5 Ways To Be More Transparent In Your Marketing
We all understand the importance of transparency — this past year alone, we’ve seen the titans of tech have transparency wars, and Google itself has committed to transparency as a core value. At this point, companies know they need to be honest to build trust with consumers and, hopefully, that translates into brand loyalty.
But why, if it’s so important, do so many marketers fail to invest in transparency? There are a lot of excuses for keeping your cards close to your chest. Some include fear of losing control of the story, not having the time or resources to invest, or simply not feeling supported by leadership to be more transparent as a company.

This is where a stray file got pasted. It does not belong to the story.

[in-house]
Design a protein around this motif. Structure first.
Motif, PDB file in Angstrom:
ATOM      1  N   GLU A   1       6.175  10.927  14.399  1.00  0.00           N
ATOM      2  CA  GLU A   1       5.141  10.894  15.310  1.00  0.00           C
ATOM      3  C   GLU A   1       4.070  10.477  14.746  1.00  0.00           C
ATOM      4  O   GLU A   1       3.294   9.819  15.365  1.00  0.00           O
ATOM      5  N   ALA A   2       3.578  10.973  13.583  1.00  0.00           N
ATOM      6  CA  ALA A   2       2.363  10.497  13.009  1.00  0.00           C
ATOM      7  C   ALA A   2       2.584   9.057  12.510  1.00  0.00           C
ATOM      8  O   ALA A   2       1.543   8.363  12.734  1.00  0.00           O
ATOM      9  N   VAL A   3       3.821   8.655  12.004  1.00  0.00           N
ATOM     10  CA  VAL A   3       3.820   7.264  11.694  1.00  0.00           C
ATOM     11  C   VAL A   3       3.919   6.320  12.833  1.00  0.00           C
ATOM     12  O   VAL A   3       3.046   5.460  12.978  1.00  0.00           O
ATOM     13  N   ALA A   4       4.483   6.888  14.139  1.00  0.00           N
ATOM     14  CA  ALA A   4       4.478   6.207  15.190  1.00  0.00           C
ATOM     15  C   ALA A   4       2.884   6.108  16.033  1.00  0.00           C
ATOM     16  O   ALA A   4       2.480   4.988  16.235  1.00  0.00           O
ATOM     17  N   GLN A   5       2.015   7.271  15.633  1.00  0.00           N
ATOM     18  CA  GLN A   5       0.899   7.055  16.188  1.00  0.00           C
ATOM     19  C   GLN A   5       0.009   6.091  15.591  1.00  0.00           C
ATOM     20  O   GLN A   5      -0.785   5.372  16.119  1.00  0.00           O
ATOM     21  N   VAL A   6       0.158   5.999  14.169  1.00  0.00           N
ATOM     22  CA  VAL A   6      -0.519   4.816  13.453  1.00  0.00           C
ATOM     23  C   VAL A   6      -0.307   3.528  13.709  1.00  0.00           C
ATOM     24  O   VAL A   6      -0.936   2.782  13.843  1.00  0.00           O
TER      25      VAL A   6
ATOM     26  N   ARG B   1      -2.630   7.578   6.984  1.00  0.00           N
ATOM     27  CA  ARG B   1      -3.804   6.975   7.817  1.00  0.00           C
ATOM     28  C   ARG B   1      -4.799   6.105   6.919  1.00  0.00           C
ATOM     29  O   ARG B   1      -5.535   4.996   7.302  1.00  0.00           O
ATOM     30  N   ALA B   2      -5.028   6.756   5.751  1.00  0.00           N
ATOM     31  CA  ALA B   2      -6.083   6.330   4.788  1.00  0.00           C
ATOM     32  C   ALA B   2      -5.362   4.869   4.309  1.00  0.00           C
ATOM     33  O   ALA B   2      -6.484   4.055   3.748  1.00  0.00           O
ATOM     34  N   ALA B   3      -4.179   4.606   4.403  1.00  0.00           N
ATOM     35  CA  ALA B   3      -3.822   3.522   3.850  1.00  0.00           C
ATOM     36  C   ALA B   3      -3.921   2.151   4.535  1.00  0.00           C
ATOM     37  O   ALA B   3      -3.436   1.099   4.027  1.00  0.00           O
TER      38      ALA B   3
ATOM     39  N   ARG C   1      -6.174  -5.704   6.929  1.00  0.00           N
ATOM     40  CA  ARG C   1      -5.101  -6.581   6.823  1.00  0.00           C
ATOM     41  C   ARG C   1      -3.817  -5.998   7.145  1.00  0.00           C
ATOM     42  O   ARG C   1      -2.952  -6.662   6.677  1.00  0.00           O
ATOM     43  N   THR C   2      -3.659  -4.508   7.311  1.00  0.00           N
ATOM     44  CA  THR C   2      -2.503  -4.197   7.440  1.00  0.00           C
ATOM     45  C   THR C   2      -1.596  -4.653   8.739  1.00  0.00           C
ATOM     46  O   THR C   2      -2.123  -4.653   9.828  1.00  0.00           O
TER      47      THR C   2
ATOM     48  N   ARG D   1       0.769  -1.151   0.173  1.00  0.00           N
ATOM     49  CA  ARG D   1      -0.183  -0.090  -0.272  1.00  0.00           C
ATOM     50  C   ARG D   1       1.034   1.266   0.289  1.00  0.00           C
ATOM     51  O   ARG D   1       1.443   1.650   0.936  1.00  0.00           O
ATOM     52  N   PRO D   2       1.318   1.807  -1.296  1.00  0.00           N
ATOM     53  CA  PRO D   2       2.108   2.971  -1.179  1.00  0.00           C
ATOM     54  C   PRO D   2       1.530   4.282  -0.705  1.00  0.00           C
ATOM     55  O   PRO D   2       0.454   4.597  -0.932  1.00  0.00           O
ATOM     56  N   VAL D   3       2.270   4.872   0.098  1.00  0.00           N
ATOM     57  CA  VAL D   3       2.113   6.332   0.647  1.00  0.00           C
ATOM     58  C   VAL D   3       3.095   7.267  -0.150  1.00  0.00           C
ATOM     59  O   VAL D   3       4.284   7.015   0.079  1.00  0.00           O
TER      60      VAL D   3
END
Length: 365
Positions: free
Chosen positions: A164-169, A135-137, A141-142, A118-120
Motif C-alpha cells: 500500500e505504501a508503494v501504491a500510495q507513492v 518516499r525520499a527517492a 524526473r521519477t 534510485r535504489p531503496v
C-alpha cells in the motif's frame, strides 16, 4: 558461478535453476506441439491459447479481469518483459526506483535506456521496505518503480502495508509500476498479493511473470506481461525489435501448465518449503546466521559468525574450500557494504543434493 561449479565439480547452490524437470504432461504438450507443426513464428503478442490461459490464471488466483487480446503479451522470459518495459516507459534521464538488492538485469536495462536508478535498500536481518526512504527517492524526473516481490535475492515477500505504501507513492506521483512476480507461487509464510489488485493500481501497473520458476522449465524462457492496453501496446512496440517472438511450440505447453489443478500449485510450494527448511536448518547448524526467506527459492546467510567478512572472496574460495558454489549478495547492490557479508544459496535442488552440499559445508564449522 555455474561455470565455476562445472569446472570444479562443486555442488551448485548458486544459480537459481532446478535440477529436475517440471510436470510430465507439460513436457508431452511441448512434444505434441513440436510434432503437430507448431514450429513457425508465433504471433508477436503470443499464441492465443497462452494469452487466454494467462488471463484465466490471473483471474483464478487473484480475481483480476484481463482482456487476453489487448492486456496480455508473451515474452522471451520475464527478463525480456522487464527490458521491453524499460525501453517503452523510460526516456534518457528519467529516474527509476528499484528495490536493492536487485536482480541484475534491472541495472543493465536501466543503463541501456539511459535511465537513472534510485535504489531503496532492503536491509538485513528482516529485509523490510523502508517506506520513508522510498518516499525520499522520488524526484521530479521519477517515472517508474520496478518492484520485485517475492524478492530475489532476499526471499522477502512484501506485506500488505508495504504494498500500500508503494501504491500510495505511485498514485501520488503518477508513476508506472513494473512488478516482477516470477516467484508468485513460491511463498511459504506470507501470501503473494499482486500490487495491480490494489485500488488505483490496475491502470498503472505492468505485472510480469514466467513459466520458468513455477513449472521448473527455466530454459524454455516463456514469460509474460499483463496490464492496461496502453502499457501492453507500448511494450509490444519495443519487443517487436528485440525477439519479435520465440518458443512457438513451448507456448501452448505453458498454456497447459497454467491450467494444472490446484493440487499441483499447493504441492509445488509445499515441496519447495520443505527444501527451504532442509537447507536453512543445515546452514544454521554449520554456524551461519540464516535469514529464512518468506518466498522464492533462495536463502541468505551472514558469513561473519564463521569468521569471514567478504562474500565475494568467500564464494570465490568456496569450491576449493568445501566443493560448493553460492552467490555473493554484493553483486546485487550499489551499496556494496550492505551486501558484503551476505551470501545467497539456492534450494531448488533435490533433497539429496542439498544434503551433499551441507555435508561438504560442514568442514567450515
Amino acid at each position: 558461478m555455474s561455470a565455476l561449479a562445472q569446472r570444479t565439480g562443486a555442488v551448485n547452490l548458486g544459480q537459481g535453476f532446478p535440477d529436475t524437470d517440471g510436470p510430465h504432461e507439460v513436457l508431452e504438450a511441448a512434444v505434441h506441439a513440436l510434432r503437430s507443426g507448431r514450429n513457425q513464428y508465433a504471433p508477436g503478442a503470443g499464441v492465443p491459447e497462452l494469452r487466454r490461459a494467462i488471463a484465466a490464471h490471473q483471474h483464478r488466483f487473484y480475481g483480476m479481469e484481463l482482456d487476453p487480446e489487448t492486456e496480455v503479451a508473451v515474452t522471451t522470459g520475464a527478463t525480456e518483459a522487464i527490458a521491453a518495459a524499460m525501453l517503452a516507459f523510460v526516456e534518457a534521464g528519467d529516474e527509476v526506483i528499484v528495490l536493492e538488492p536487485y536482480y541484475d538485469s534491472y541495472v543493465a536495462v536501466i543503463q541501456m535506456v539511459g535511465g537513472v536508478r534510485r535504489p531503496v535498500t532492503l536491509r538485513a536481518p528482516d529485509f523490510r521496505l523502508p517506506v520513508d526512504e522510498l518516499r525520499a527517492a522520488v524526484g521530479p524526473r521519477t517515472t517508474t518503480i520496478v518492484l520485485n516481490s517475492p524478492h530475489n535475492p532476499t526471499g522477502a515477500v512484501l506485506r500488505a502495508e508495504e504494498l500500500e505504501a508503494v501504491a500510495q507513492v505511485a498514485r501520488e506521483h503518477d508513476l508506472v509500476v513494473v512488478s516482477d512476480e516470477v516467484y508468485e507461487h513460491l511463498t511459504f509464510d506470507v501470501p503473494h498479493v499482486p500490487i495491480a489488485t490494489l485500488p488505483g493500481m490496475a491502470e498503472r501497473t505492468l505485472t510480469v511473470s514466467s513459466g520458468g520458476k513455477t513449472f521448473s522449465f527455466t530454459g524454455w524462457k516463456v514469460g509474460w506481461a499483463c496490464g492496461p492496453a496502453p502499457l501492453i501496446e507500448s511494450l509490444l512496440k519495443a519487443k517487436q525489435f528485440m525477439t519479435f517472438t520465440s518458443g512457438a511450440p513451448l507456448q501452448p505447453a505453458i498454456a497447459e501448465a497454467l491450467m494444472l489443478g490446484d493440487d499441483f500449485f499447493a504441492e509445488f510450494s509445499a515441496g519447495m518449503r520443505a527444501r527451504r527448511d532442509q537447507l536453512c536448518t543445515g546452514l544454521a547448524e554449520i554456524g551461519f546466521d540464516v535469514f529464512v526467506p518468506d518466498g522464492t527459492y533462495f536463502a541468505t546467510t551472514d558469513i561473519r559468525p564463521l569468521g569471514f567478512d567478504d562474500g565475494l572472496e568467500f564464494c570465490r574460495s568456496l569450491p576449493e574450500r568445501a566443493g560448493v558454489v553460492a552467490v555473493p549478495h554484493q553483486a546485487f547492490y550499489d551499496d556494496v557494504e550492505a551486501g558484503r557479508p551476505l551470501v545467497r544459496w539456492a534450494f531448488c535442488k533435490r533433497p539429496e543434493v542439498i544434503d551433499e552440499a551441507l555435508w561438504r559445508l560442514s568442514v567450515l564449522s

Well, those excuses are silly — there, I said it.
It’s time that we as marketers stand up for the new standard of transparency in our marketing efforts. We need to start intentionally driving traffic, community members and customers to campaigns that pull the curtain back and show our company’s unique story.
#1: Give Your “Why” More Real Estate
By now, hopefully everyone has seen Simon Sinek’s TED talk (video) around the Golden Circle Theory. It’s a great speech about the importance of selling more than just What we do and How we do it, and instead focusing on the Why.
The Why is the reason your founder started the business. It’s the core value you are trying to share with the world. It’s one of your biggest assets, and you should be spotlighting it. Too many companies tuck their Why away in the About section and give it one paragraph, tops.